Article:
The Media School

Online school leads to increased mental health risks for Bloomington high schoolers

April 21st, 2021

Hanh Bui, a senior at Bloomington High School South, remembers driving to school for the first and only time in 2021. But it wasn’t for class. Her art teachers coordinated a drive-up event for online students to pick up art supplies.

In response to the COVID-19 pandemic, the high school gave students the option to attend classes online or in-person. But because Bui lives with her immune-compromised grandmother, she decided to remain virtual. Of the 1,700 BHSS students, she is one of 600 who is still online.

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Bloomington nonprofits adapt to changes in volunteering and funding to provide relief during COVID-19

April 21st, 2021

Around five years ago, Beth Lintner wanted to actively contribute to her community in a positive way. She thought about volunteering at some local nonprofit organizations but didn’t feel motivated enough. After watching the presidential debate in 2016 and being shocked by some of the comments on social issues, she found her motivation. Two days later, she started volunteering at Wheeler Mission, which provides services to the homeless.

“I was frustrated with the social climate in our country,” she said. “I just was like, ‘Okay I need to step it up.’”

Since the pandemic, Lintner has not been able to continue her passion for volunteering due to safety concerns.

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Local nonprofits adapt to the pandemic through virtual fundraising, flexibility

April 21st, 2021

Last February, IU student Varun Gopal walked into the callout meeting for Student United Way at IU, a club that works to better the community through volunteering, and was immediately offered a fundraising director position.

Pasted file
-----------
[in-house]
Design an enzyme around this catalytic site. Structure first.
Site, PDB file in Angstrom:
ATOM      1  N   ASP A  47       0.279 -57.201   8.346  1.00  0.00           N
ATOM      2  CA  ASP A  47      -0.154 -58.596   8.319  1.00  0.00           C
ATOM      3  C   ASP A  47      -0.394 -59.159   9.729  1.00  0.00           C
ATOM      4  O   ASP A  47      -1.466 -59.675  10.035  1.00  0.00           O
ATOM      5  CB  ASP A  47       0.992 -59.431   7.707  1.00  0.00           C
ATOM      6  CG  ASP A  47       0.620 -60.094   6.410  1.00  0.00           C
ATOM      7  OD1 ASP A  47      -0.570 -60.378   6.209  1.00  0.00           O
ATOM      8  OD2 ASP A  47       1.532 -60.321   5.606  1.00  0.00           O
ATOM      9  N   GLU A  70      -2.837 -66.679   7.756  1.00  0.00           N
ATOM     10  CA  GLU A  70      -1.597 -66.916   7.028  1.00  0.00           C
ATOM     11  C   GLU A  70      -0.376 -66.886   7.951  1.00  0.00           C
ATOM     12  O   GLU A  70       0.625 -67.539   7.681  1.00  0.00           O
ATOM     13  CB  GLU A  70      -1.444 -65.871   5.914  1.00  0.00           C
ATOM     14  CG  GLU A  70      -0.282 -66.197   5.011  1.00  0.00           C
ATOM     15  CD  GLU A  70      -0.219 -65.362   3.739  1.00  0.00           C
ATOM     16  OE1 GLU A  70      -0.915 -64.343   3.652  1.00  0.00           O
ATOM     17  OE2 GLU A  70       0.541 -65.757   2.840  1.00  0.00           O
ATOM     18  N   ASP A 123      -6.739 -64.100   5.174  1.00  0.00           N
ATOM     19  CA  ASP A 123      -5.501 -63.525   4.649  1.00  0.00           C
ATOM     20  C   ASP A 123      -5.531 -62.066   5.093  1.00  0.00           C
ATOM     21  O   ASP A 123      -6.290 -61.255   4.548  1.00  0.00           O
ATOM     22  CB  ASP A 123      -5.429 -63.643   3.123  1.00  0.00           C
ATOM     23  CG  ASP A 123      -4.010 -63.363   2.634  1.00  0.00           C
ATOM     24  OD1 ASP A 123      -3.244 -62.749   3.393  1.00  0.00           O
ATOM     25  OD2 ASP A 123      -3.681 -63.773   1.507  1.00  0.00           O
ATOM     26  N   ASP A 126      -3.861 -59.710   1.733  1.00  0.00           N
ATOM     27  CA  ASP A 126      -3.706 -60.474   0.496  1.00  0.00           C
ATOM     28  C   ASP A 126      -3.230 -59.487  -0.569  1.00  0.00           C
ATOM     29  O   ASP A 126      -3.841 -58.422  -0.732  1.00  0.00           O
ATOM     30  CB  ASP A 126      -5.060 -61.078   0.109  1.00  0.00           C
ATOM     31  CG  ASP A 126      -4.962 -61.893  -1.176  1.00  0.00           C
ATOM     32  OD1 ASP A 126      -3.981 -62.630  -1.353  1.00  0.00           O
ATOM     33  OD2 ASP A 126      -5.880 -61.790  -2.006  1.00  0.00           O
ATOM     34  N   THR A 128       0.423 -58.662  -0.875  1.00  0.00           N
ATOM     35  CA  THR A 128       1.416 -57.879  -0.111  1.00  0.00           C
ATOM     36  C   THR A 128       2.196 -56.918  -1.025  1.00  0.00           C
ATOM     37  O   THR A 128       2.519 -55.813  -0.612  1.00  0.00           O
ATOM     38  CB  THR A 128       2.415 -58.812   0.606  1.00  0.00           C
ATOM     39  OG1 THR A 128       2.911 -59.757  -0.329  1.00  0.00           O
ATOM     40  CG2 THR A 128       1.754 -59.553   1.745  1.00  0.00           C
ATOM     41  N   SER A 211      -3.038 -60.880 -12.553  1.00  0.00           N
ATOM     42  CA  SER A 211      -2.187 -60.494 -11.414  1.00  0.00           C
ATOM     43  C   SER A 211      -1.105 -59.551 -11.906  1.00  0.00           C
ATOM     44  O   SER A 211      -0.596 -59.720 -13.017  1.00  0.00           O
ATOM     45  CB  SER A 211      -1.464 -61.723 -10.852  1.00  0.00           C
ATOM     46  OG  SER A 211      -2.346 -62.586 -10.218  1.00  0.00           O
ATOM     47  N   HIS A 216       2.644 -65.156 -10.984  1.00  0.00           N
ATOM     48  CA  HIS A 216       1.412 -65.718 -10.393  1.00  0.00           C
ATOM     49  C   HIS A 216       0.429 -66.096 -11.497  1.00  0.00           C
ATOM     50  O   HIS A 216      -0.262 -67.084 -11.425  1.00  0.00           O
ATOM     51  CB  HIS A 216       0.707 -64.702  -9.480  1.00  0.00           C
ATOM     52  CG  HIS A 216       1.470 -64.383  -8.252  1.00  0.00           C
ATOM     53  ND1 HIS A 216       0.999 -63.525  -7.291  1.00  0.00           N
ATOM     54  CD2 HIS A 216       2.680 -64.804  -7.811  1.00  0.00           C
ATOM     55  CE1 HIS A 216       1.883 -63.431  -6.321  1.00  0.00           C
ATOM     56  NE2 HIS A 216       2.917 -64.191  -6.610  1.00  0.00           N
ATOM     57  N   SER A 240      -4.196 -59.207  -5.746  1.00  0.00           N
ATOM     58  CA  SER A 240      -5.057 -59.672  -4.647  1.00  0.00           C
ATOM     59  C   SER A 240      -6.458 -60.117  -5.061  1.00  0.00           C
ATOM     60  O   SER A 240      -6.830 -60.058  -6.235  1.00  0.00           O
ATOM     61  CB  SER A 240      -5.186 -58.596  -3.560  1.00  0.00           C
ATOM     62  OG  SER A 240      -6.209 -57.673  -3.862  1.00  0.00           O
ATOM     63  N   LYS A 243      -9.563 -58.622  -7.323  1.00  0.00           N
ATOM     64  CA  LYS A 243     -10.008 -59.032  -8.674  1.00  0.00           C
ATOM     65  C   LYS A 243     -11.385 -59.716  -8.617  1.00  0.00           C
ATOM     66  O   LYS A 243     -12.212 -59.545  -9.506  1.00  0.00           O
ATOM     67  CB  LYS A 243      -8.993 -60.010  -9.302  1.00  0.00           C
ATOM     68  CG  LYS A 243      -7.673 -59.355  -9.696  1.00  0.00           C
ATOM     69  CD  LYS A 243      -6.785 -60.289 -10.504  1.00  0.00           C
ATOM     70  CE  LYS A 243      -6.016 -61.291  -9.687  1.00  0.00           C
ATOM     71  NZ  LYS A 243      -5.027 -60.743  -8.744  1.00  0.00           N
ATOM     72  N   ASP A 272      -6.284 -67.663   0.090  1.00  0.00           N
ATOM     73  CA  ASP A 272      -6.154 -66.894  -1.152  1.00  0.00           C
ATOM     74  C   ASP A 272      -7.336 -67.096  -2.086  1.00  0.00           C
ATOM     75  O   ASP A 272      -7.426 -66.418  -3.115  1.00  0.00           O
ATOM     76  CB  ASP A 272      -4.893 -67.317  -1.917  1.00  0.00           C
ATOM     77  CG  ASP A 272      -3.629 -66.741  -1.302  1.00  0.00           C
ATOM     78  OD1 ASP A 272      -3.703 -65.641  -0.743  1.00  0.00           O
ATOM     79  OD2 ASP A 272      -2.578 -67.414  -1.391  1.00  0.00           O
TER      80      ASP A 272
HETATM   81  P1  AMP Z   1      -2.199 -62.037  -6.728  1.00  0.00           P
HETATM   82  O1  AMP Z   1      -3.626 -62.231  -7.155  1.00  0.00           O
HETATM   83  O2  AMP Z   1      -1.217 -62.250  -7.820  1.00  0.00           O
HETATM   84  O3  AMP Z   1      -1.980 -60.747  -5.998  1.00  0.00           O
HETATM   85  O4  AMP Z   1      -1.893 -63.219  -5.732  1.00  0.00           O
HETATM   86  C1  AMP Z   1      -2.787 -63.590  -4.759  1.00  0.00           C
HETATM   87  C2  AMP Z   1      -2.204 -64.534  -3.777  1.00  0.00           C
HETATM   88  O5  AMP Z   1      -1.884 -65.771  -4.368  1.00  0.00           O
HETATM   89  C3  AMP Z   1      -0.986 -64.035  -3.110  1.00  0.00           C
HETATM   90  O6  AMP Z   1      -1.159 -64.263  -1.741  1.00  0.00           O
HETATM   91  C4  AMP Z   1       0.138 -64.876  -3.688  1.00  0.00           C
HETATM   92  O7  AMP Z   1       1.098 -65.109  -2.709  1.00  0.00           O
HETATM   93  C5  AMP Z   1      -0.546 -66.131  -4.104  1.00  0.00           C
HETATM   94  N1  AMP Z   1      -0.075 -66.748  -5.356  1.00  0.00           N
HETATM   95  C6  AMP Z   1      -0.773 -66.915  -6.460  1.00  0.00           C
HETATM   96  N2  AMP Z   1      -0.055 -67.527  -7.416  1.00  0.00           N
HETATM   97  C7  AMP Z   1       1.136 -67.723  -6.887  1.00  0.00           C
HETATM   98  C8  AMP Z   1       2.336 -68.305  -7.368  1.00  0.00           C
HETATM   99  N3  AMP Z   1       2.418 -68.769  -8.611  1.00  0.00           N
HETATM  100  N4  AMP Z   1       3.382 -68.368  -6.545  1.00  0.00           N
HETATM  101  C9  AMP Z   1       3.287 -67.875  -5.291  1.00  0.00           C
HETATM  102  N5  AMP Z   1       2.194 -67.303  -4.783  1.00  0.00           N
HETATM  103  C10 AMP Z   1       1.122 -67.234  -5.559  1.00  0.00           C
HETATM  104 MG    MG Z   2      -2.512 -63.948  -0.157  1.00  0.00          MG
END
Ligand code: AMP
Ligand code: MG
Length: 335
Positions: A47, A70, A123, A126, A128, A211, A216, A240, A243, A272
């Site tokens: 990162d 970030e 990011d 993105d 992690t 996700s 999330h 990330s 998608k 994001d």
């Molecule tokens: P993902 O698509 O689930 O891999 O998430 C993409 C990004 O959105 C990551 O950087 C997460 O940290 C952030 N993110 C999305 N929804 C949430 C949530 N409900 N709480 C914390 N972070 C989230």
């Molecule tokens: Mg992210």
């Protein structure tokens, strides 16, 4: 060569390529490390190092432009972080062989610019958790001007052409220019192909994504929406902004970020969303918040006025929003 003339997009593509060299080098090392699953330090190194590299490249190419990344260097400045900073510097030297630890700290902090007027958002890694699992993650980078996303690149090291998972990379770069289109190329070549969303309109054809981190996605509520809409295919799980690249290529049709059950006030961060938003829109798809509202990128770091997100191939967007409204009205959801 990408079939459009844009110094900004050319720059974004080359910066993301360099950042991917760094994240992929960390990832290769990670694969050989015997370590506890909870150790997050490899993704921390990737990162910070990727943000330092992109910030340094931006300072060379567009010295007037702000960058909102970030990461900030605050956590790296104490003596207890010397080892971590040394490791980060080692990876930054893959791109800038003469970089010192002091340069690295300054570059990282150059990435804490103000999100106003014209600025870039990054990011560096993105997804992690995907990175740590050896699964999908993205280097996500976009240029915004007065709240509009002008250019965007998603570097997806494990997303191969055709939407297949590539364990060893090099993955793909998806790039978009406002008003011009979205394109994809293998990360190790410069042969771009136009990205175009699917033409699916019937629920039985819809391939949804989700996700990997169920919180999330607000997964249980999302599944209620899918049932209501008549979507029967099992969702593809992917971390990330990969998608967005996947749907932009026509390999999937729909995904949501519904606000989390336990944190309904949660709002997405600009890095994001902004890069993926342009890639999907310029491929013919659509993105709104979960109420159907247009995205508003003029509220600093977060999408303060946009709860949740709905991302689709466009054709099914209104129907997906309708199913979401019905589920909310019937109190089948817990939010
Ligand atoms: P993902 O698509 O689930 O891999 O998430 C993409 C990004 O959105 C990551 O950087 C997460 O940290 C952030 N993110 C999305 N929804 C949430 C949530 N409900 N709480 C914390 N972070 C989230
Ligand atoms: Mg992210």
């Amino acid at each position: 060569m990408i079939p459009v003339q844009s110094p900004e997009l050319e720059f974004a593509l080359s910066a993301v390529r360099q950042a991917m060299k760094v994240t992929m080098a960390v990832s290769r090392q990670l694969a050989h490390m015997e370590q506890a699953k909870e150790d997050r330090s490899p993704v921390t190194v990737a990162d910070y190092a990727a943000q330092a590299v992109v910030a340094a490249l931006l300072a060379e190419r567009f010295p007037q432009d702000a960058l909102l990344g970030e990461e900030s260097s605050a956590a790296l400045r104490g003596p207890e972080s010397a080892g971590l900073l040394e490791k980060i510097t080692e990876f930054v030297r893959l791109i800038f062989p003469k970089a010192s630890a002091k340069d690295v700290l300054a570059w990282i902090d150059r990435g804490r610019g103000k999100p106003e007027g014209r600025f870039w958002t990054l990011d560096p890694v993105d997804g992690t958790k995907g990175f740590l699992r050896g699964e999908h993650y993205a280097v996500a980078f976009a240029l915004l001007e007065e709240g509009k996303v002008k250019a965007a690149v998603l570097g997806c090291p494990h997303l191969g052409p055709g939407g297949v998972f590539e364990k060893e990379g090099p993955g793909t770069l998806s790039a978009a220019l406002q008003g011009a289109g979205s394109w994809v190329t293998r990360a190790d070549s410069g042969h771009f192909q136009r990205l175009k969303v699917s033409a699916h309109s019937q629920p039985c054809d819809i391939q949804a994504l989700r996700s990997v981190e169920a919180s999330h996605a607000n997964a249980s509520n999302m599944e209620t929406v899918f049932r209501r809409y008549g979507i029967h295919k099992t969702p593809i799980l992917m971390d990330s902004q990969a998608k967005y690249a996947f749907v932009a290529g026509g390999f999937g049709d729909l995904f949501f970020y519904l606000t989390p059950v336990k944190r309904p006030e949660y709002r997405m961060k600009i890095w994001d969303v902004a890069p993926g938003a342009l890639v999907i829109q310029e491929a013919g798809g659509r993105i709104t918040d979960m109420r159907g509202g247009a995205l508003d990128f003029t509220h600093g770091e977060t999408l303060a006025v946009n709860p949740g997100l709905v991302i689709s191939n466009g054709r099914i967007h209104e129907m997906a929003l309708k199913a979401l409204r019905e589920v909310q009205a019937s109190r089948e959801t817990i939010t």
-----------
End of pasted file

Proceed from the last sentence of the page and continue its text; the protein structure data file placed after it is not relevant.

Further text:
Just a few weeks after he began working in that position, the COVID-19 pandemic halted the club’s activities for the rest of the academic year. Gopal said it was his mission to make sure the club came back during the fall semester in full swing.

 

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Since ordinance was struck down, City Council debates about how to handle sleeping in parks

April 21st, 2021

After being out of town during the week of March 3, Liz McCrea returned to the news that an ordinance proposed by the city council to legalize sleeping in parks had been struck down. McCrea, 77, is a retired IU professor who has served as a volunteer on the board on New Hope for Families for the past six years.

McCrea said she concluded the biggest flaw was not enough collaboration between the two sides. There needed to be more bridge building so the ordinance could pass.

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Bloomington theaters discover ways to keep virtual viewers engaged, receive positive community response

April 21st, 2021

Bloomington Playwrights Project patron Susan Jones received multiple “In the Box Entertainment” boxes at her door throughout the pandemic with items to help her remain engaged during virtual plays on Zoom. In January, the box had clues to solve a strange mystery. In February, there was a small easel and a canvas, which she used to paint a scene of a home and yard on a sunny day.

“I think it’s just been very clever,” she said. “These boxes are very professional.”